Jan 29

Part 19: The Third Sign (2)

Todd Pruitt |Series: The Gospel of John |John 5:1-18

Having focused previously on the significance of Jesus’ healing of the man at the Pool of Bethesda, we now turn our attention to its aftermath. Following the healing of the lame man, the religious leaders and temple authorities are scandalized that Jesus would command someone to break Sabbath law by directing him to carry his mat. In fact, neither Jesus’ healing nor the man carrying his mat were violations of the Sabbath but only those regulations later added by religious tradition. Jesus was a pious man who had the highest regard for God’s law, including the law to hallow the Lord’s Day.

This passage includes the first usage of the word Sabbath in John’s gospel and introduces what will become a major point of conflict between Jesus and the Jewish religious authorities. From this point on, Jesus will be accused of being a Sabbath-breaker. Of course, Jesus never once violated the Sabbath. Indeed, no one ever kept the Sabbath holy to the degree that Jesus did. Rather, it was the religious authorities who violated the Sabbath with their unbiblical demands. Their religious traditions turned what was given to mankind as a blessing into a crushing burden.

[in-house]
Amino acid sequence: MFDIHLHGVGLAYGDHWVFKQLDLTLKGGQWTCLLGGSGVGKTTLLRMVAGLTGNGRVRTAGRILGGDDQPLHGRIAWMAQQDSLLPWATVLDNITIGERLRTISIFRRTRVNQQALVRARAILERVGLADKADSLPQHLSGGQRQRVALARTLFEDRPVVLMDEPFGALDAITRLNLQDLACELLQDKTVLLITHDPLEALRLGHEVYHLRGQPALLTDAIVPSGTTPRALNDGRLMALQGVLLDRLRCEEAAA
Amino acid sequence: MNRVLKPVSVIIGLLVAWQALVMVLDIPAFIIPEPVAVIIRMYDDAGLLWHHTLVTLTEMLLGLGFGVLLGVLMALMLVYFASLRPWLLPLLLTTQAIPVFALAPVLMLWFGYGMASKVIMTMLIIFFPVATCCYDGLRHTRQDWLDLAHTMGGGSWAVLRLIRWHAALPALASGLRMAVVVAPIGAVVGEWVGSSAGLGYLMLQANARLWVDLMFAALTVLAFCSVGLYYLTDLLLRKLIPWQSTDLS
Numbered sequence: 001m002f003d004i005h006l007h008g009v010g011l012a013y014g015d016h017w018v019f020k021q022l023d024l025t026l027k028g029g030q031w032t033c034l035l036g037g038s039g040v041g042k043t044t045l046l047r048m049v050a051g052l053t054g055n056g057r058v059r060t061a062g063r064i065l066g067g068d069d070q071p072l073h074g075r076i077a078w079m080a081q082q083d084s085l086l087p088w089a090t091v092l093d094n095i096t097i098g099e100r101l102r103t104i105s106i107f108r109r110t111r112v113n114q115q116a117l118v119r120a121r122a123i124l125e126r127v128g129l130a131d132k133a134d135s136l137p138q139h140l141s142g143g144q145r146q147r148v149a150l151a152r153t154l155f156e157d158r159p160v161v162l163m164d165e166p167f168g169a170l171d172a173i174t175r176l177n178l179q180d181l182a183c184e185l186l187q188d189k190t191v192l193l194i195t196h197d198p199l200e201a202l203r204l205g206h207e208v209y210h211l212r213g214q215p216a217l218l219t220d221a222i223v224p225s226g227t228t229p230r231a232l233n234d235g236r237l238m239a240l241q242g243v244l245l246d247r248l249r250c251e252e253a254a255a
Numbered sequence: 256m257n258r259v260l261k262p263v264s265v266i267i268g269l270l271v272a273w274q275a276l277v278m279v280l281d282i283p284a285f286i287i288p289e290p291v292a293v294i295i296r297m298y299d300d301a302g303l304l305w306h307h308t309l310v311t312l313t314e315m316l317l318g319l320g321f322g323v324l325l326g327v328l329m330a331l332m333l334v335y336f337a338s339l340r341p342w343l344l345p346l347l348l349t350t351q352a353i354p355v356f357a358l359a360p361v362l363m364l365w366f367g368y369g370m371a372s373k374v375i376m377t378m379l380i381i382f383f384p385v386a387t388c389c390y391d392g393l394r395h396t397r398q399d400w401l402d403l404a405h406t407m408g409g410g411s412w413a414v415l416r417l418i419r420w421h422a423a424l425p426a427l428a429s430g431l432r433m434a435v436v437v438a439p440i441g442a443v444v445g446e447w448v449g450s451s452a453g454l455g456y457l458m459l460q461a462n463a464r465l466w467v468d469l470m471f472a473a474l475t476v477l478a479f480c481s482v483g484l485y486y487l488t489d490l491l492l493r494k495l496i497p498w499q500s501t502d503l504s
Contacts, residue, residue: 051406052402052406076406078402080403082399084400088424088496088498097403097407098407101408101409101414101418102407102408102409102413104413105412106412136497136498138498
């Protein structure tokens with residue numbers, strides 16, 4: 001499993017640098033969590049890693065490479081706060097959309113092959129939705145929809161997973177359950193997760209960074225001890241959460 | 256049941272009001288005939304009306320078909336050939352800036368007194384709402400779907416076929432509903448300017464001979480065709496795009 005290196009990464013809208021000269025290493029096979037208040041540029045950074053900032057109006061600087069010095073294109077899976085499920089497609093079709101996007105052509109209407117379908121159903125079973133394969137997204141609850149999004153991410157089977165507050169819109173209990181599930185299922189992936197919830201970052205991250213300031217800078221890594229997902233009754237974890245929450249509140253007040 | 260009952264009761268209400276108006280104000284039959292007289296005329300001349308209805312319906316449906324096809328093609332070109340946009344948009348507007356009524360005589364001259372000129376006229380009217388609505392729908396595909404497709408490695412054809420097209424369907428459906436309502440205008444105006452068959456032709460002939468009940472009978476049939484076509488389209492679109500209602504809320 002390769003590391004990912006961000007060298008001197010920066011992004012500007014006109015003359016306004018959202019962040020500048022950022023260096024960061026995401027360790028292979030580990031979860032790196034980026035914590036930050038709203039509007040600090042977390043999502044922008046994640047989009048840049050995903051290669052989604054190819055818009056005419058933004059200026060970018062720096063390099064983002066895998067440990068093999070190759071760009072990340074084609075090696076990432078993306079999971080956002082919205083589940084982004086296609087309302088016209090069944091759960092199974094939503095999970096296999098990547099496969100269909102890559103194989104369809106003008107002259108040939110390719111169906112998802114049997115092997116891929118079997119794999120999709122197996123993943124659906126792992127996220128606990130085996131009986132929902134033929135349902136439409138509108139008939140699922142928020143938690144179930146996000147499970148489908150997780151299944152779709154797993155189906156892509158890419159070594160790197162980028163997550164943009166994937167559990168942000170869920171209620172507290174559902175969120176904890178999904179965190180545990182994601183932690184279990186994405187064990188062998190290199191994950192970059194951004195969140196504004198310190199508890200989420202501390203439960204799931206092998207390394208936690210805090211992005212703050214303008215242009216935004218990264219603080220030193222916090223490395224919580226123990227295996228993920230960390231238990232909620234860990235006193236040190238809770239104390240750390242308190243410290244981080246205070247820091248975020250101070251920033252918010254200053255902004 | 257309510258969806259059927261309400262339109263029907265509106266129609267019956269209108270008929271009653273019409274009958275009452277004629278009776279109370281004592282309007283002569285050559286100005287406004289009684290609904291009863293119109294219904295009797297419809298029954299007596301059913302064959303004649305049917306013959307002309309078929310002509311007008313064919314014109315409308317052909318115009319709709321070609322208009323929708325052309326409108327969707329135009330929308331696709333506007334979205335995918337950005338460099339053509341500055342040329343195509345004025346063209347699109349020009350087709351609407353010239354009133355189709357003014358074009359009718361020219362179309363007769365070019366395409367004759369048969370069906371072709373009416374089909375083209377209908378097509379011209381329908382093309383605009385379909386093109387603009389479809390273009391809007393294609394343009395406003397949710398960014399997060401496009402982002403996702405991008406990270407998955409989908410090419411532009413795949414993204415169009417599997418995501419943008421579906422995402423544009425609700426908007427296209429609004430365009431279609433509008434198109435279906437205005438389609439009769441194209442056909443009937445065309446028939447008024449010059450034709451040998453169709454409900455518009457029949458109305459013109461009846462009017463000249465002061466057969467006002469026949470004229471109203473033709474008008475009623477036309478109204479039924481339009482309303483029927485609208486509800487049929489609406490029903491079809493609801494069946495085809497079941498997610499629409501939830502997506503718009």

On that day at the Pool of Bethesda Jesus demonstrated that he is the Lord of the Sabbath. He governs over the entire created order including the passage of days. He showed us what it meant to exercise mercy on the Sabbath as a way of honoring the Lord. He worked along with his Father in the moment-by-moment upholding of all things. And as the religious authorities rightly concluded, Jesus made himself “equal with God,” for he was no less than God in the flesh.

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